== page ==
14.....6

15.....8

16.....8

17.....16

18.....6

19.....18

20.....8

21.....12

22.....10

23.....22

24.....8

25.....20

26.....12

27.....18

28.....12

29.....28

30.....8

31.....30

32.....16

33.....20

34.....16

35.....24

36.....12

37.....36

38.....18

39.....24

40.....16

41.....40

42.....12

43.....42

44.....20

45.....24

46.....22

47.....46

48.....16

49.....42

50.....20

51.....32

52.....24

53.....52

54.....18

55.....40

56.....24

57.....36

58.....28

59.....58

60.....16

61.....60

62.....30

63.....36

64.....32

65.....48

66.....20

67.....66

68.....32

69.....44

70.....24

71.....70

72.....24

73.....72

74.....36

75.....40

76.....36

77.....60

78.....24

79.....78

80.....32

81.....54

82.....40

83.....82

84.....24

85.....64

86.....42

87.....56

88.....40

89.....88

90.....24

91.....72

92.....44

93.....60

94.....46

95.....72

96.....32

97.....96

98.....42

99.....60

100...40

I realized that the list of phi(n) was identical to the list of Moebius fractions in my algorithm, but I'm still not sure if there's any significance to that fact.

Here's a much more extensive list of phi(n), to 999:

http://www.users.globalnet.co.uk/~perry/maths/phi/morephi.htm )

I hope that's enough to get the idea across, since it's fairly tedious to work with larger numbers, and I'll run out of room on the page. I have previously gotten all the way up to 64 on paper, which took some doing, as you can imagine. Since it's easy to find which numbers of this size range are prime, I was able to verify that, for every prime number, 64 or smaller, all of the available fractional twists all formed Moebius rings, but that the composite numbers did so only for some twists, but not others. Once I knew this for sure, I was fairly confident that I had developed a novel algorithm for identifying primes, but it was much too tedious to do by hand, so I would need a computer program to even think about making it useful. I didn't know whether it was any better than extant algorithms, such as trial division, but I thought it might be made so. There are certain parings that can be done to it - for example, the right half of each graph is redundant, mirroring the left half, so the right side of each graph can be dispensed with. Also, since 1/S and S-1/S are always "Moebius columns", those columns aren't needed. I'm not sure how much more paring can be done, but I hope some more can. Unfortunately, I'm neither a mathematcian nor a programmer, so I haven't really done it justice, and I'm hoping somone on the web will take an interest, and try to develop it further, without even worrying about giving me any credit. I just want to follow Galileo's dictum, and contribute to science.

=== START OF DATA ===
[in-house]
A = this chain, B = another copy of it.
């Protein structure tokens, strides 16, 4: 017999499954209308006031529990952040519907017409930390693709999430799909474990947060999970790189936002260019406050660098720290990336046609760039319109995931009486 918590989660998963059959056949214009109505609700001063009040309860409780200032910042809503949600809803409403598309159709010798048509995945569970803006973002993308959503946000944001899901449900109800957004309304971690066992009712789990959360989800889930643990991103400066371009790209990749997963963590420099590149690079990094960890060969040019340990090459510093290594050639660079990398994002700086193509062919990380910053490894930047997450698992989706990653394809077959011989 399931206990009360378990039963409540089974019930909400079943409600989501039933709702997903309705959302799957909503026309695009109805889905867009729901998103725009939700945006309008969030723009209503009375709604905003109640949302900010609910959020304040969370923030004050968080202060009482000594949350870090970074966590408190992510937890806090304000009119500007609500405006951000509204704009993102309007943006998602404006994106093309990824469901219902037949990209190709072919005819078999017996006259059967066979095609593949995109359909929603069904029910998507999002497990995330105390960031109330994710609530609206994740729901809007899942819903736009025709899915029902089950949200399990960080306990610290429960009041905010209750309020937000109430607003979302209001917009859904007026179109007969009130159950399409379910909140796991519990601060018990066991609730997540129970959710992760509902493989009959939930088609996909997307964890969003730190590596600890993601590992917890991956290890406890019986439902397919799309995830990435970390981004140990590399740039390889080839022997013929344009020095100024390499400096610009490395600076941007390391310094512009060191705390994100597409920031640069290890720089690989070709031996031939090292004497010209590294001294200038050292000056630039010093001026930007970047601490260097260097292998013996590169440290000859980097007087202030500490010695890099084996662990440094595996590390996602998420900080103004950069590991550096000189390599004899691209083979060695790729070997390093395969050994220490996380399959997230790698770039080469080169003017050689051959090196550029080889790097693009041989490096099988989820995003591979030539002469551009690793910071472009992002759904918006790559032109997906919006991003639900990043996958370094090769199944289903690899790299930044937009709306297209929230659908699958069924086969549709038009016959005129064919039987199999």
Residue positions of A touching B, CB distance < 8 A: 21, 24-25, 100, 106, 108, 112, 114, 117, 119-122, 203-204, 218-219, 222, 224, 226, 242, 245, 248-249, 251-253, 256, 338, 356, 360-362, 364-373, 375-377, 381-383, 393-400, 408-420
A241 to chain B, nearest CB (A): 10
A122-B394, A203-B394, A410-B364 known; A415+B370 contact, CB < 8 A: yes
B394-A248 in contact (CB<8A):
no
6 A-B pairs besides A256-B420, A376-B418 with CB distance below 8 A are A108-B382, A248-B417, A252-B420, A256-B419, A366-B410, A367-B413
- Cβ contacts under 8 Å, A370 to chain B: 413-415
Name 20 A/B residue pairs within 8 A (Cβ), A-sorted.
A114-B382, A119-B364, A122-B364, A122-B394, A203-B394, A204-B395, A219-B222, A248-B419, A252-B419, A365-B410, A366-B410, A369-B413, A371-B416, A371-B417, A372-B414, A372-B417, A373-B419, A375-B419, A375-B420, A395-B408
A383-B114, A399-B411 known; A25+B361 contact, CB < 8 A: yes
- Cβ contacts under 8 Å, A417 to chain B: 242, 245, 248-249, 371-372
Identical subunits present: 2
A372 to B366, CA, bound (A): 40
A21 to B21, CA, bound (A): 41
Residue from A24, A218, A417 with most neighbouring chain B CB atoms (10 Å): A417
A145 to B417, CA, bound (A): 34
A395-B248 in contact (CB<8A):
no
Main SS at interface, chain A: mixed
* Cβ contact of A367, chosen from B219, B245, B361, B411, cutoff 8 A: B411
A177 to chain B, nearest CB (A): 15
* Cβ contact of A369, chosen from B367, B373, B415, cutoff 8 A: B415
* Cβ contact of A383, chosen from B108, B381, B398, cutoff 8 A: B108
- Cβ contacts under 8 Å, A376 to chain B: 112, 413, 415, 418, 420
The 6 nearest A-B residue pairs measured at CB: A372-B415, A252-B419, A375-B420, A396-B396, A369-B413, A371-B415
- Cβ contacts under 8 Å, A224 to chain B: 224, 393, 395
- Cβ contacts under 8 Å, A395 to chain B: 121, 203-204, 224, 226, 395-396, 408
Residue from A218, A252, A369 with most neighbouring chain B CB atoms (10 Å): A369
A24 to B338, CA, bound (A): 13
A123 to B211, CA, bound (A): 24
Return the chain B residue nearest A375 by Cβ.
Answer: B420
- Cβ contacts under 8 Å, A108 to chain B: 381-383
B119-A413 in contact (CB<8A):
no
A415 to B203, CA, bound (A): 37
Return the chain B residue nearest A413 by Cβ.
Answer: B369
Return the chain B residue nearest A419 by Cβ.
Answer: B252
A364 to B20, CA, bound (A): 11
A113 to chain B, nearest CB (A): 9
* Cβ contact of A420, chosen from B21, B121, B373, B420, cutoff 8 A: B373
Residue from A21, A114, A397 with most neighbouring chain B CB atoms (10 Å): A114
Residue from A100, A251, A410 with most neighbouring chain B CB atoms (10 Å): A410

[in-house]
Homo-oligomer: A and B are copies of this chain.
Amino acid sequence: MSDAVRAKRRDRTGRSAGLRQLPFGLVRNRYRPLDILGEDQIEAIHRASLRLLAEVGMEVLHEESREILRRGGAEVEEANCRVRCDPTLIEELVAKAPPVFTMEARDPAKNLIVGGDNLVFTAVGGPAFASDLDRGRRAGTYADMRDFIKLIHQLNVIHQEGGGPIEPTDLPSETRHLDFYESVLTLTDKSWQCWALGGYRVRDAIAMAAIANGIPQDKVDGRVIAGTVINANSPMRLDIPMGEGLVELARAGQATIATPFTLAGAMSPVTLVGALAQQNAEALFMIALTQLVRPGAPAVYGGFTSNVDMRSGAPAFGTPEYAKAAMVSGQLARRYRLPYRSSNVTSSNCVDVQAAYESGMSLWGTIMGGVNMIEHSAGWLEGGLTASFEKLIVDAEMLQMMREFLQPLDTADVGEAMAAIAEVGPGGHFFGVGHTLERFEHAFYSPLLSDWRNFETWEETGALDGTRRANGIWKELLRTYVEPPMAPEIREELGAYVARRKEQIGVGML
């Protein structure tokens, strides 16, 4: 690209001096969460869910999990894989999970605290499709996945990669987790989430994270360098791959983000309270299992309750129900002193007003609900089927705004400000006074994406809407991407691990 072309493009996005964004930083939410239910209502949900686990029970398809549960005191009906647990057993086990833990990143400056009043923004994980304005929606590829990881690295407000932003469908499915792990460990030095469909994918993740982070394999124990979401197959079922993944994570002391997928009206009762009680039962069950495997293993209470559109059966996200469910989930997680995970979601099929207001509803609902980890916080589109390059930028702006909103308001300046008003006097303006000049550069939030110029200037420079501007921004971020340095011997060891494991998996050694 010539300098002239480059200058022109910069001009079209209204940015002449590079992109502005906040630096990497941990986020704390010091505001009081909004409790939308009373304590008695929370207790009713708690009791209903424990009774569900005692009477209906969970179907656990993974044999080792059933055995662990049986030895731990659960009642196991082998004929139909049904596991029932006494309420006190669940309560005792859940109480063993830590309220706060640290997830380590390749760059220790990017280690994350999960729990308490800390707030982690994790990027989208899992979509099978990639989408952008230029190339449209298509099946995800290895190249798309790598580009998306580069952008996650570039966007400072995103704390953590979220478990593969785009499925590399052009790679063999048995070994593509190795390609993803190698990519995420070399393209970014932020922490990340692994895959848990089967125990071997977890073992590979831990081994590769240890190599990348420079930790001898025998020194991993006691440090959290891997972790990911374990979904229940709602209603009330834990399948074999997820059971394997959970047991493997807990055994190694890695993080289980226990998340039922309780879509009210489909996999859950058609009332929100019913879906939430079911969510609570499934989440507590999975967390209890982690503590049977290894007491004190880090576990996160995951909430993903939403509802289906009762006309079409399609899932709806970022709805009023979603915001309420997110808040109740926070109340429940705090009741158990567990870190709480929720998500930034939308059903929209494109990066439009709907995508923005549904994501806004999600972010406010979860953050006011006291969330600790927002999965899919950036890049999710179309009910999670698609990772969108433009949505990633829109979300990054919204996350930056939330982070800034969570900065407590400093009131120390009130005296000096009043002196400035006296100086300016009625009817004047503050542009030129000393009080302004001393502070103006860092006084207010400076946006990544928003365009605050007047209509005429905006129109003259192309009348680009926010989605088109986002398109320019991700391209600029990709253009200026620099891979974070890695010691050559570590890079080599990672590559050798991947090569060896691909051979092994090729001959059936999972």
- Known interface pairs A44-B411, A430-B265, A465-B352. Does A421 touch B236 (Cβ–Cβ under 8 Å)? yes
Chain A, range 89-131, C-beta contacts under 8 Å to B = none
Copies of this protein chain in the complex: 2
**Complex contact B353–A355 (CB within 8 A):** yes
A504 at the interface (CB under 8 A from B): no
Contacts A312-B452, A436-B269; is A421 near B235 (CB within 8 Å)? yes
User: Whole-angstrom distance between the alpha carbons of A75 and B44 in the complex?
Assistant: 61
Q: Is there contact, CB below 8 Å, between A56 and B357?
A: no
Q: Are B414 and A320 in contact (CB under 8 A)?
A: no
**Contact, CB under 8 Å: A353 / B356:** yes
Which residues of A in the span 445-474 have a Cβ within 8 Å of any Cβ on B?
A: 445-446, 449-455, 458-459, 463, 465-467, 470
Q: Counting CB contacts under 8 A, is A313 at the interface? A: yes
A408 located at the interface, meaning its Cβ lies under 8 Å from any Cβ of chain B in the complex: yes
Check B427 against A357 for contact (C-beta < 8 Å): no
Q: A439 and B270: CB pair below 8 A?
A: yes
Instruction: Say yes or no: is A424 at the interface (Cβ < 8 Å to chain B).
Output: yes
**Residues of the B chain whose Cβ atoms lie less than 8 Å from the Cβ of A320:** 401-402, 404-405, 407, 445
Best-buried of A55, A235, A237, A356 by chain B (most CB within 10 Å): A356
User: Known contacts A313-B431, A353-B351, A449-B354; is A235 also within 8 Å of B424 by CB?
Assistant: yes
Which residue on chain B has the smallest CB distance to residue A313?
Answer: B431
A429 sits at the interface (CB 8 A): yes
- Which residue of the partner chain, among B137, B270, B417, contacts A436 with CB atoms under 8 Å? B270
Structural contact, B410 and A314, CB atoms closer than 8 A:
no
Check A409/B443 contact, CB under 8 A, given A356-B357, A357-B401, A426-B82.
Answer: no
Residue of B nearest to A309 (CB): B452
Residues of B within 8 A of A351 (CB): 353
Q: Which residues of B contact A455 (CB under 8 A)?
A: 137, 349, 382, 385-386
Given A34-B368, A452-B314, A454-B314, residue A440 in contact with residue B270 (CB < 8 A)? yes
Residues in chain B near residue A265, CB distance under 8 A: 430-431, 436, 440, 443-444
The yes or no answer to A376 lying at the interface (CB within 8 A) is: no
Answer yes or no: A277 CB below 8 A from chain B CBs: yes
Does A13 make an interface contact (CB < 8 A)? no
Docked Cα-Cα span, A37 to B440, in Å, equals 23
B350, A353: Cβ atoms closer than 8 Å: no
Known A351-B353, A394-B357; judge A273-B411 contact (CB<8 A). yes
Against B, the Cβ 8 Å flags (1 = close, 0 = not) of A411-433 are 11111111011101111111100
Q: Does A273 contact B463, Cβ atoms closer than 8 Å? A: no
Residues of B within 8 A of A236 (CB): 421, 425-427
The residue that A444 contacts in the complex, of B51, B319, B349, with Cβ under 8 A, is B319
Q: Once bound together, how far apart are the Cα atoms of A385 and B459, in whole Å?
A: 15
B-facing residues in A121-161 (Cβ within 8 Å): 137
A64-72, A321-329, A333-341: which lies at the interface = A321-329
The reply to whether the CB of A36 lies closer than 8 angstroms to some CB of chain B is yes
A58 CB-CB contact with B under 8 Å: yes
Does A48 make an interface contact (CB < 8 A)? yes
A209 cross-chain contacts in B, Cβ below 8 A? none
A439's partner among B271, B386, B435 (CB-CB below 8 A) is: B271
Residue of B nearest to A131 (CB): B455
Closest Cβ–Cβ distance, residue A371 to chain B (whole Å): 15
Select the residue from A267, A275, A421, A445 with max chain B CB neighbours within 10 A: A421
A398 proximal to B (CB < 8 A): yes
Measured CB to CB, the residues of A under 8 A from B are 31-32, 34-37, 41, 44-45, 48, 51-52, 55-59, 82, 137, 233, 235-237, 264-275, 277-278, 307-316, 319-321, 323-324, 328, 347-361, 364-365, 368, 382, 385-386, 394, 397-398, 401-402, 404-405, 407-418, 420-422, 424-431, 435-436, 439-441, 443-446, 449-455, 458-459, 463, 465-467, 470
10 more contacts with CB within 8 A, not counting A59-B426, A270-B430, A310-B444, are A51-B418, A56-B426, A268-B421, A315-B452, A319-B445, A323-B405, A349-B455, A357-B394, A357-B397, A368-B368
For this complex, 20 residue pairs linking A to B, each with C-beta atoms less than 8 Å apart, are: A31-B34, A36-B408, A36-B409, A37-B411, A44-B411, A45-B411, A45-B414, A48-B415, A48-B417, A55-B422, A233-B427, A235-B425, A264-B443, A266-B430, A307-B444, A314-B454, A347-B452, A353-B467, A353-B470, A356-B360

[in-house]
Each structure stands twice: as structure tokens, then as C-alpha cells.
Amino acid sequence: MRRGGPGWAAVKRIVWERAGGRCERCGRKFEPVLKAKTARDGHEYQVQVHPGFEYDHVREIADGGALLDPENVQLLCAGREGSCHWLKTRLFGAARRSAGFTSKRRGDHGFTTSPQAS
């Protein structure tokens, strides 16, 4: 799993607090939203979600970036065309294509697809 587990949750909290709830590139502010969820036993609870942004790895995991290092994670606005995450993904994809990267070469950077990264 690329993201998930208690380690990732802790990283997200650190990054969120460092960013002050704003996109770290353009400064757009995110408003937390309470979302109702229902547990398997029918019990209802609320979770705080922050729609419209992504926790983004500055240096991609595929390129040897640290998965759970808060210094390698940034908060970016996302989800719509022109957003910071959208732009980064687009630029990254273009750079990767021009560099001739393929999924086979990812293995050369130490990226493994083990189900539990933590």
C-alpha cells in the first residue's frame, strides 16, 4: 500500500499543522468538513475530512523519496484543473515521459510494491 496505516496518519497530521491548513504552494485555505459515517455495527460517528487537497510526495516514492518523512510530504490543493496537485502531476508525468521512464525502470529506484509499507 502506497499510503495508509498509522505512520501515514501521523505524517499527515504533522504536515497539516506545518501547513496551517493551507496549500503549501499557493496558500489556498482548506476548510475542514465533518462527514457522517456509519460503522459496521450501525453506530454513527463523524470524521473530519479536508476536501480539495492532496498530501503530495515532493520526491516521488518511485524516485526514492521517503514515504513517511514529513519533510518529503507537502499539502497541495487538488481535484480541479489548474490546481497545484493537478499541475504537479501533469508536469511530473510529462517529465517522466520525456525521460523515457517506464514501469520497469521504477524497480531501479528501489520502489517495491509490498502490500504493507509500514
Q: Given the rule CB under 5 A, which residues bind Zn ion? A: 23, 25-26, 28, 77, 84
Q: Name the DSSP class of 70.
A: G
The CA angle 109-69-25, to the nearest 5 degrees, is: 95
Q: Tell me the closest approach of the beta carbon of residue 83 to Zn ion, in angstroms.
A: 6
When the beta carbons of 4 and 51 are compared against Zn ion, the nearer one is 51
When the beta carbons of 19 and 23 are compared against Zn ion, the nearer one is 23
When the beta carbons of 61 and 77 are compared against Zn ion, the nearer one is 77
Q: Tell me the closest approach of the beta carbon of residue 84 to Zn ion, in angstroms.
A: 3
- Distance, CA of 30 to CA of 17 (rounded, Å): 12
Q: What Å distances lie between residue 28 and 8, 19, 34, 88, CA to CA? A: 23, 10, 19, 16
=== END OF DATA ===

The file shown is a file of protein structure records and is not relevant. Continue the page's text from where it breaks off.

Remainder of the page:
From Ben Tilly, atthis forum:

The connection is that n-sided ring which connects back rotated by m will be one-sided if and only if n and m are relatively prime.

The reason is that after k times around the ring, the amount of twisting you have done is k*m/n, which is going to put you back at your original position if and only if k*m is a multiple of n. If you come back to your original position after k times around with k < m, then the one side covers at most n/k of the surface of the ring so you have more than one side. Conversely if you first come back to your original position after n times around the ring, then the one side covers the entire surface. Therefore you're going to have one side if and only if the smallest k such that k*m is a multiple of n is n. Which will happen if and only if m and n have no common factors - ie they are relatively prime.

This ties your criteria back to things that number theorists know well. Since your criteria is hard to check computationally, it is very unlikely to lead to a good primality test. But it does lead to cool images.

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# A new twist on twisted prismatic rings